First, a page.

It’s really hard to get into a blood glucose testing routine when you’re advised to do it so randomly. If you choose to stick to that necessary routine and use more test strips, good luck paying for them out of your pocket. I’ve gone without testing for long periods of time, mostly as a personal choice (irresponsible choice, I may add), and let me tell you that not knowing your numbers isn’t a good thing. Especially when you rely on food choices; sometimes even the healthy stuff may play a bad trick.

So, how do you know? By testing your blood sugar more often!

If you’re not testing often because you believe that people with type 2 diabetes shouldn’t test that often, consider talking to your doctor about increasing the amount of test strips in that prescription. Knowledge is power. It’s frustrating not to know where you’re going to land when you jump. And testing often does help you make better choices.

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We All Hate the Word “Compliance”

Posted by on Dec 28, 2015 in Diabetes & Emotions, General, Management & Care |

Compliance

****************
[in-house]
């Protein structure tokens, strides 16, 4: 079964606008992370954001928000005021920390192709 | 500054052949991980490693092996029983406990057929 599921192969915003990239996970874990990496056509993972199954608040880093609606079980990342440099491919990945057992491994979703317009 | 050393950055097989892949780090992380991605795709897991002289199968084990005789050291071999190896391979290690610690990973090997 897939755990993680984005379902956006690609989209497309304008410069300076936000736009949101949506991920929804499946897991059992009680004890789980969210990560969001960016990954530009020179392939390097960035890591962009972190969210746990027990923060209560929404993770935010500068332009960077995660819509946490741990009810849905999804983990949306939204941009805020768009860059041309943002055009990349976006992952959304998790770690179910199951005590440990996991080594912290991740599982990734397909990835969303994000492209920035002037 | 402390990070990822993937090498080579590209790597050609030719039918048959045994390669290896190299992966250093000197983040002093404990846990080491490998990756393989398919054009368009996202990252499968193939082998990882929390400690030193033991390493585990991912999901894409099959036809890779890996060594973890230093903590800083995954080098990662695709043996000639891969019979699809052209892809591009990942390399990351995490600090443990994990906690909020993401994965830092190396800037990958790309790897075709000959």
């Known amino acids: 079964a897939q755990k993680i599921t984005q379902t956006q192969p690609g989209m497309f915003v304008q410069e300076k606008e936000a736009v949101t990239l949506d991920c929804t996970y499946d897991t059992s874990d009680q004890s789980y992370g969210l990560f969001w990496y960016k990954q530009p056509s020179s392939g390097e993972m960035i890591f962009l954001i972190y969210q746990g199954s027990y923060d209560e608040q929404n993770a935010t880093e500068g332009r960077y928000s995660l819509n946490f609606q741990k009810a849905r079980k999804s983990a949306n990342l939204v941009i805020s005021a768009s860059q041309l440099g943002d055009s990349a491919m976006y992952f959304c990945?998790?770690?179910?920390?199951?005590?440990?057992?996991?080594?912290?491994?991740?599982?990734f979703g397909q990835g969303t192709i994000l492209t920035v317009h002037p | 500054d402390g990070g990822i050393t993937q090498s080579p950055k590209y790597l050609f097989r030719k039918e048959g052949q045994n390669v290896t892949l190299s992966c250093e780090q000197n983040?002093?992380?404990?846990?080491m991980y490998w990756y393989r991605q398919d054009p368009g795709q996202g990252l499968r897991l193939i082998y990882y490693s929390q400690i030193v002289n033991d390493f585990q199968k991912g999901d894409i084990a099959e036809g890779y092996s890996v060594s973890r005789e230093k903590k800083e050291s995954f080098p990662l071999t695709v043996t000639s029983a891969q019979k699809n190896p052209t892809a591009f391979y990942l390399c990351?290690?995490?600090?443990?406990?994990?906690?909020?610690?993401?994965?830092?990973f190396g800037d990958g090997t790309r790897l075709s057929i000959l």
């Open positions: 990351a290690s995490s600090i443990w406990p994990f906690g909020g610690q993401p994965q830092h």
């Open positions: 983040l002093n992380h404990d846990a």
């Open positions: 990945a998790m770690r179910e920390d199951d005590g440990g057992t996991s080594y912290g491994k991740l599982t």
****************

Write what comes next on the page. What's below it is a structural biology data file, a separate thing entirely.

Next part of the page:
noun  |  com·pli·ance  | 
:  the act or process of doing what you have been asked or ordered to do
:  conformity in fulfilling official requirements
:  a disposition to yield to others

Keyword being ordered. Really? You gave me an order? Do doctors give us orders or recommendations? I prefer recommendations. Maybe I’m a rebel, maybe I question authority more than I should, maybe I’m adult and I only follow orders from my boss—and sometimes from my Mother. Who knows… but the word compliance has been thrown at me so many times by my primary care doctor, and it only adds to another fancy word we love in the diabetes world: guilt. I don’t like the word compliance when it comes to my diabetes; the doctor tells me I’m not compliant and I feel like I’m going through disciplinary action.